Bylakuppe, Karnataka, India, 14 December 2015 – When His Holiness the Dalai Lama entered the Sera Lachi Temple again this morning, he found chairs arranged for the Mind & Life presenters and other members of the Institute in the centre. Surrounding them were Senior Lamas, some of whom he greeted as he came through, many hundreds of other monks and nuns and interested lay people. Considerable efforts had been made to cater to both English and Tibetan speakers, with provision of readily visible screens displaying presenters’ materials in the two languages and simultaneous translation via FM radio. His Holiness warmly greeted several old friends before taking his seat.

Roshi Joan Halifax moderating the first session expressed deep thanks for the invitation to Sera Monastery for Mind & Life’s 30th dialogue between modern science and Buddhist science. She said it was an appropriate gathering immediately following the COP 21 climate change conference in Paris which has confirmed the need to seek a more sustainable future. She acknowledged the influence of Francisco Varela, one of the pioneers of the Mind & Life meetings.

Mind & Life Institute President Susan Bauer-Wu speaking at the start of the Mind & Life XXX conference at Sera Monastery in Bylakuppe, Karnataka, India on December 14, 2015. Photo/Tenzin Choejor/OHHDL

Susan Bauer-Wu, the new President of the Mind & Life Institute spoke next of the partnership of Buddhist science with modern science working together to relieve suffering. She said it was amazing to be meeting in this great monastery and that it was beautiful to be surrounded by so many clad in the robes of monks and nuns. She mentioned that five years ago she had been part of the Emory Science Initiative teaching Sera monks in Dharamsala. She thanked co-sponsors the Dalai Lama Trust and its Secretary Jampel Lhundrup for bringing the idea of the meeting to fruition.

Joan Halifax introduced the first two presenters, Richie Davidson and Jay Garfield who would discuss the main theme of this conference, perception, concepts and what we designate as self. But before they spoke she invited His Holiness to open the session.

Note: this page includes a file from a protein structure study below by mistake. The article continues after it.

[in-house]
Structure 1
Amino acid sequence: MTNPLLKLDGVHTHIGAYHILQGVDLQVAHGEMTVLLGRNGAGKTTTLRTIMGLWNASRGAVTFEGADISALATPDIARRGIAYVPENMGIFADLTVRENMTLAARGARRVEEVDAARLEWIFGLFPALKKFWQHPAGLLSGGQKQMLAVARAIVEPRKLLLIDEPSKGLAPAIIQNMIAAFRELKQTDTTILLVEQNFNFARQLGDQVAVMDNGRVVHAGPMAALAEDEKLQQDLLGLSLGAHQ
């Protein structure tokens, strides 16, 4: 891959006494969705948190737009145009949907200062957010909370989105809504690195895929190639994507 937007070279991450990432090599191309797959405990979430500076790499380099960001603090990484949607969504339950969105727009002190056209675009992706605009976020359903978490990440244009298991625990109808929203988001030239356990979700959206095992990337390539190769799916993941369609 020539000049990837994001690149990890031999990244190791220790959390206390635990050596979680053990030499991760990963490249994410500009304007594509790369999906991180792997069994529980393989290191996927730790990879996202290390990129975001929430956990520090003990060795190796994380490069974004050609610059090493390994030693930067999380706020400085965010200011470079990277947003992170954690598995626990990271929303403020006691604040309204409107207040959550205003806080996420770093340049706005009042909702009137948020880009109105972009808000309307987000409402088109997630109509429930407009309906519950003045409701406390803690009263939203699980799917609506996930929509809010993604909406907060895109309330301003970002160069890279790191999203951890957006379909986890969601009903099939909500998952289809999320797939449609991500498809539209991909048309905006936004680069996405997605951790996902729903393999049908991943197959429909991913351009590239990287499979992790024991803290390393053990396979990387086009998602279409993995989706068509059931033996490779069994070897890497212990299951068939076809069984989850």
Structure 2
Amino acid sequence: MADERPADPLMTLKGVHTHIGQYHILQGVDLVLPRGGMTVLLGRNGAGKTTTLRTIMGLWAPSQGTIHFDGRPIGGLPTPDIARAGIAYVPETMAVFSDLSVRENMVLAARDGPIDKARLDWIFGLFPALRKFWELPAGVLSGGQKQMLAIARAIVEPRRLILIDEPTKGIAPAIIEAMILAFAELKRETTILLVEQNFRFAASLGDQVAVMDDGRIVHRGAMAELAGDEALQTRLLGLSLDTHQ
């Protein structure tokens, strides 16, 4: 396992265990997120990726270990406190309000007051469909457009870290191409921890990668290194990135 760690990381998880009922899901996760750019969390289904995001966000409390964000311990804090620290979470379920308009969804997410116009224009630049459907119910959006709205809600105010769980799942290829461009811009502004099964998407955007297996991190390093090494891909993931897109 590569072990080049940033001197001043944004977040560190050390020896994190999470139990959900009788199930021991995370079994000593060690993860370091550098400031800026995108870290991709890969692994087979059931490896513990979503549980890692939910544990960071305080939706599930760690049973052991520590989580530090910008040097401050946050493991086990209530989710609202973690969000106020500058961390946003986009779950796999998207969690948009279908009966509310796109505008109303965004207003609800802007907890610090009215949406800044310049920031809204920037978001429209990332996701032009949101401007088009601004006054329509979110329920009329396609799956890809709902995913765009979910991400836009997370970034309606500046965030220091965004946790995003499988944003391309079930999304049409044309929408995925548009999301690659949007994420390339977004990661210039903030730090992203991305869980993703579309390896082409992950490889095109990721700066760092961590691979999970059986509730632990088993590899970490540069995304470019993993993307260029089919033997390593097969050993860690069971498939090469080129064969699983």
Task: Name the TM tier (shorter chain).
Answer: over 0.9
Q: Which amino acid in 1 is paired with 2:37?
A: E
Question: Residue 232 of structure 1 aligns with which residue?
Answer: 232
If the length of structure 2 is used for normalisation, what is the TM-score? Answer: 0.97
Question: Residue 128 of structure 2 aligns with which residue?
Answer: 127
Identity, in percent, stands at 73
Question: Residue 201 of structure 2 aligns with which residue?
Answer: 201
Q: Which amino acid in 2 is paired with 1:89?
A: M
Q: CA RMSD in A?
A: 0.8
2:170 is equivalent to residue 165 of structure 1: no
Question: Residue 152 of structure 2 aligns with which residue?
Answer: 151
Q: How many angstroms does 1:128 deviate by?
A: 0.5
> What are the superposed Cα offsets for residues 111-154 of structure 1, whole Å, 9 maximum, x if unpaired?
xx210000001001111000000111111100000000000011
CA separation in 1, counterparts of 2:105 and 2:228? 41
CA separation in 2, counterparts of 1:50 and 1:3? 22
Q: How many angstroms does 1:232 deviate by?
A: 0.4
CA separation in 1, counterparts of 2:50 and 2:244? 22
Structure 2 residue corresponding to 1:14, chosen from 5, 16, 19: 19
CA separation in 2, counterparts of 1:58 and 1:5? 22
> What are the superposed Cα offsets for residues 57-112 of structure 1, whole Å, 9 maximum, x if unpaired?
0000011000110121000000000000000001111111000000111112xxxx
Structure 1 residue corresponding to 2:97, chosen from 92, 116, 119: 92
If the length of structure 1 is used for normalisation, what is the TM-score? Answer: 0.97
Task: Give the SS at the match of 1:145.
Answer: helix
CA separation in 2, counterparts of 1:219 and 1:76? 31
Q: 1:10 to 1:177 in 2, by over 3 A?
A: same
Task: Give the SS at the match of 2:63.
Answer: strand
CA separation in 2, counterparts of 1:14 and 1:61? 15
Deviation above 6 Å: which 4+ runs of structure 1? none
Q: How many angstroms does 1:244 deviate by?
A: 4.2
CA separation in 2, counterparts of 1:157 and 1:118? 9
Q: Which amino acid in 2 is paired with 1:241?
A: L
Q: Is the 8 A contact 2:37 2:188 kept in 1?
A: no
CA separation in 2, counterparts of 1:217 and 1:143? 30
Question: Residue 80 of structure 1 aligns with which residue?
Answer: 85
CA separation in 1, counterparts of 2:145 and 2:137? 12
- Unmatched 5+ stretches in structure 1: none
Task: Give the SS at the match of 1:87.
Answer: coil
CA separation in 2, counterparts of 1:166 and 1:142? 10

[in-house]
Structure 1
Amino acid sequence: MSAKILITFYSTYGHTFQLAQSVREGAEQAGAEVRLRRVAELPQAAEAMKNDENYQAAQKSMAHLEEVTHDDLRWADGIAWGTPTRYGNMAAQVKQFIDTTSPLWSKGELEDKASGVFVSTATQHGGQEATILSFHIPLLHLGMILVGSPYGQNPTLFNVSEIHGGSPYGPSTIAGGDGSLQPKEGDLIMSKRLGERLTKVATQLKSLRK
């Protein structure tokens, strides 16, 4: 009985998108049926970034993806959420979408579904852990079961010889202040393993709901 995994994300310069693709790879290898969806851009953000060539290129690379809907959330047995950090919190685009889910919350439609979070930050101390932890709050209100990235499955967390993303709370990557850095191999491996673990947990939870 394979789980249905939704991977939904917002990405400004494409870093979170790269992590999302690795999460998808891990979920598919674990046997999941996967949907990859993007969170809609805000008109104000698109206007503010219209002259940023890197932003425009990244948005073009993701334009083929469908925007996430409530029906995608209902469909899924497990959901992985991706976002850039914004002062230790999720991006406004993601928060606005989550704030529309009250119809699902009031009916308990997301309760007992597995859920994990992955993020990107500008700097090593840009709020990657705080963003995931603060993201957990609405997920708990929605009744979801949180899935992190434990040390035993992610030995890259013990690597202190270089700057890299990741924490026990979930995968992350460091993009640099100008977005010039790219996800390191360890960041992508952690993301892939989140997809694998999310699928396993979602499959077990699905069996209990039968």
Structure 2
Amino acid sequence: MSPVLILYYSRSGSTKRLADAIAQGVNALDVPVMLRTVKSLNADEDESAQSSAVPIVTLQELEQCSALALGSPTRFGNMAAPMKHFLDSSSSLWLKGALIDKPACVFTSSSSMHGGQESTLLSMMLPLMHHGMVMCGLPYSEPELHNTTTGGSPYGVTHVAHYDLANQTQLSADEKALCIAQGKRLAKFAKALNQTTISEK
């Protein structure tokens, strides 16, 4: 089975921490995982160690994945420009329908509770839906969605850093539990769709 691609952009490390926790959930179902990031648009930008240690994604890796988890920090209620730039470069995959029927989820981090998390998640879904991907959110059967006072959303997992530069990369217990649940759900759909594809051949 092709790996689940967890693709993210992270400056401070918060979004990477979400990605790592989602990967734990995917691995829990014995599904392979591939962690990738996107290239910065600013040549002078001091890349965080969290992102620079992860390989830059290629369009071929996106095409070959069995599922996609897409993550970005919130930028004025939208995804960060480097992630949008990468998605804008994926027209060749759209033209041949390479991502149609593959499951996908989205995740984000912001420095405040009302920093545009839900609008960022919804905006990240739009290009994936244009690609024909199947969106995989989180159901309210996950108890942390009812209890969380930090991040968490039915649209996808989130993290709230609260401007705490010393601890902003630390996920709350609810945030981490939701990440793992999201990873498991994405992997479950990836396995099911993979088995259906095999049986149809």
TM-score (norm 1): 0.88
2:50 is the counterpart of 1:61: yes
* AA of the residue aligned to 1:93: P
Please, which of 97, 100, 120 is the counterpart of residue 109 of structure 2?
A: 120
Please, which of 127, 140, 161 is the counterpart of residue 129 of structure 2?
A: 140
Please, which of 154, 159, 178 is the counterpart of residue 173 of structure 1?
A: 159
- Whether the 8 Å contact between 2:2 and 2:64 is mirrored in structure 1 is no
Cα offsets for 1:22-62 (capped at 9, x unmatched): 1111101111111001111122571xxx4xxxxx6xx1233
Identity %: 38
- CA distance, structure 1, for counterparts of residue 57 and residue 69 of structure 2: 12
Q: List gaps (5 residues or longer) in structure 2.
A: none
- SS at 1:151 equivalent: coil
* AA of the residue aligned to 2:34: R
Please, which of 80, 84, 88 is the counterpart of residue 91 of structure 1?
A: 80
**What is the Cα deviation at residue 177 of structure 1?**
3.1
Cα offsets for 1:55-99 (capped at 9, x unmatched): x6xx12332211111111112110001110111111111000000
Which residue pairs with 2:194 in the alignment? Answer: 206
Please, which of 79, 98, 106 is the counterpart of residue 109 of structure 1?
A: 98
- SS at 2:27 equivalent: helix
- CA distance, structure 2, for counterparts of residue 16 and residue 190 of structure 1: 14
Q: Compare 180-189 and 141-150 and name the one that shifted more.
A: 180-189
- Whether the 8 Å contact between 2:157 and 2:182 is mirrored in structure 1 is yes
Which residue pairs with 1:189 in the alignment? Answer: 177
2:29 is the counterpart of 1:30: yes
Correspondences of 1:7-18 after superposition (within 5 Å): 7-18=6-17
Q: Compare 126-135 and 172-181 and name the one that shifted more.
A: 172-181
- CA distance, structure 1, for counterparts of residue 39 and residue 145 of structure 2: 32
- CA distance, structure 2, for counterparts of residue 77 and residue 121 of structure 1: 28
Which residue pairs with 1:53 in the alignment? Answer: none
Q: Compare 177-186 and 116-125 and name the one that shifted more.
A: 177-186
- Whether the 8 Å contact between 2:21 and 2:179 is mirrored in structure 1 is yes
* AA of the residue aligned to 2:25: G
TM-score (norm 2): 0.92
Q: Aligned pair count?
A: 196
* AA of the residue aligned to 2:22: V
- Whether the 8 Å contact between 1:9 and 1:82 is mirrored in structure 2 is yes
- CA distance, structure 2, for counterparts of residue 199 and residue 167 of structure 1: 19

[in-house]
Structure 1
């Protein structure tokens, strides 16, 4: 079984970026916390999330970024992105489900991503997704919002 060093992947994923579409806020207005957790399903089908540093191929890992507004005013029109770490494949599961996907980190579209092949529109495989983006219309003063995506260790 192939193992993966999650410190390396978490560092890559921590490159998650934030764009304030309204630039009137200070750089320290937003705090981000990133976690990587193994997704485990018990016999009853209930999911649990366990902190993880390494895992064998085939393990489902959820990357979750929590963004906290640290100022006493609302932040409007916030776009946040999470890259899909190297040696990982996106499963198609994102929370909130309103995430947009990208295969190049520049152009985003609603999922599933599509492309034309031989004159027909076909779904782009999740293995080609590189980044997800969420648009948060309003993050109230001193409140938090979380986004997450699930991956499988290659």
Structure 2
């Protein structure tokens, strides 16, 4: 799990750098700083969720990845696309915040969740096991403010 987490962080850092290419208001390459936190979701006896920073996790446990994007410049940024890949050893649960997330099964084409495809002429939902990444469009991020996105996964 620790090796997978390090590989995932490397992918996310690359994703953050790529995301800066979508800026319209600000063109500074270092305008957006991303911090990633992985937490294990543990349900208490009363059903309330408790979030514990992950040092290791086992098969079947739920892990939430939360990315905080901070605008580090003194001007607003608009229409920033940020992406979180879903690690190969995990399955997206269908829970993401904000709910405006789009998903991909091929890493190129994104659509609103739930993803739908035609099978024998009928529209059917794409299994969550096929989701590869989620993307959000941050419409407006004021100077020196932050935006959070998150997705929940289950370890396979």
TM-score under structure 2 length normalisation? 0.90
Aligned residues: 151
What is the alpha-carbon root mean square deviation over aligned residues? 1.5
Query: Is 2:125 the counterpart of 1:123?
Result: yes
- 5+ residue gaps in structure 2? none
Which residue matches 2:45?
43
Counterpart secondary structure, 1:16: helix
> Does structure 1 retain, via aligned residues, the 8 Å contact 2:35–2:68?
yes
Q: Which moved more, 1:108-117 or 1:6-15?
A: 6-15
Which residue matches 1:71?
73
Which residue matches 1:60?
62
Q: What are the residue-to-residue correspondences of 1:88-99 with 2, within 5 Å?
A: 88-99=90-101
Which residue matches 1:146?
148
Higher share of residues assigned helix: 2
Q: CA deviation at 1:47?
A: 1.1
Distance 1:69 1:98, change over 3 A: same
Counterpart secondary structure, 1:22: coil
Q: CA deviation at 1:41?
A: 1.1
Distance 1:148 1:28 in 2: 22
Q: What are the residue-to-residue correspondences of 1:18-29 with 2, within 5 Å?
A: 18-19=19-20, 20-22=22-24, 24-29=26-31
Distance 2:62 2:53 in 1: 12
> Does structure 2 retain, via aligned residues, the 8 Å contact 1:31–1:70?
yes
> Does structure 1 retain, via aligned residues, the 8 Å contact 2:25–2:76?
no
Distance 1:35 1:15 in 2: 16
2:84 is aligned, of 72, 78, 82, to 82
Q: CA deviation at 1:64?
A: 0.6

“Since many of you monks are new to this, let me tell you about how the Mind & Life Institute came about and evolved,” he began. “30 years ago I had a wish to have in-depth discussions with scientists. I’d been interested in science since I was a child in Tibet. I thought it would be good if I were able to meet with scientists in person. And when I did, I was struck by how unbiased they were. Our subsequent discussions were mutually beneficial. I discovered that those of us who come from the Nalanda tradition were able to learn from them about matter and the material world, but that they too could learn from us about the mind.
“I realised that not only could modern scientists and Buddhist scientists profitably work together, but that it would be good to introduce the study of science into our monasteries. This we have done and science is now a part of the final exams. Read the rest of this entry »

His Holiness the Dalai Lama: Long Life Offering
Dic 15th, 2015 by admin

Long Life Offering at Gyumey and Departure for Sera Lachi

Bylakuppe, Karnataka, India, 13 December 2015 – Once His Holiness the Dalai Lama was seated in the Gyumey Tantric College temple this morning, piles of books were delivered to the dignitaries. They consisted of volumes by the Dalai Lamas that are to make up the new programme of philosophical studies at Gyumey. A monastic representative said there was a sense that these works had been neglected, that Gyumey had a close connection to Gendun Drup and that it would be a fitting tribute to the Dalai Lamas’ achievements. The set of 13 texts was released today with the wish that His Holiness live long and Je Tsongkhapa’s teachings flourish in the world.

His Holiness the Dalai Lama arriving inside Gyumey Tantric College temple in Hunsur, Karnataka, India on December 13, 2015. Photo/Jeremy Russell/OHHDL

The Gyumey Chant Master led the Long Life Offering. The Abbot recited the eulogy and requests. Expressing the Tibetan people’s gratitude for His Holiness’s leadership and pledging to listen to his advice as a child heeds his or her mother, he requested him to live forever. A long line of local people processed through the temple bearing offerings. His Holiness responded: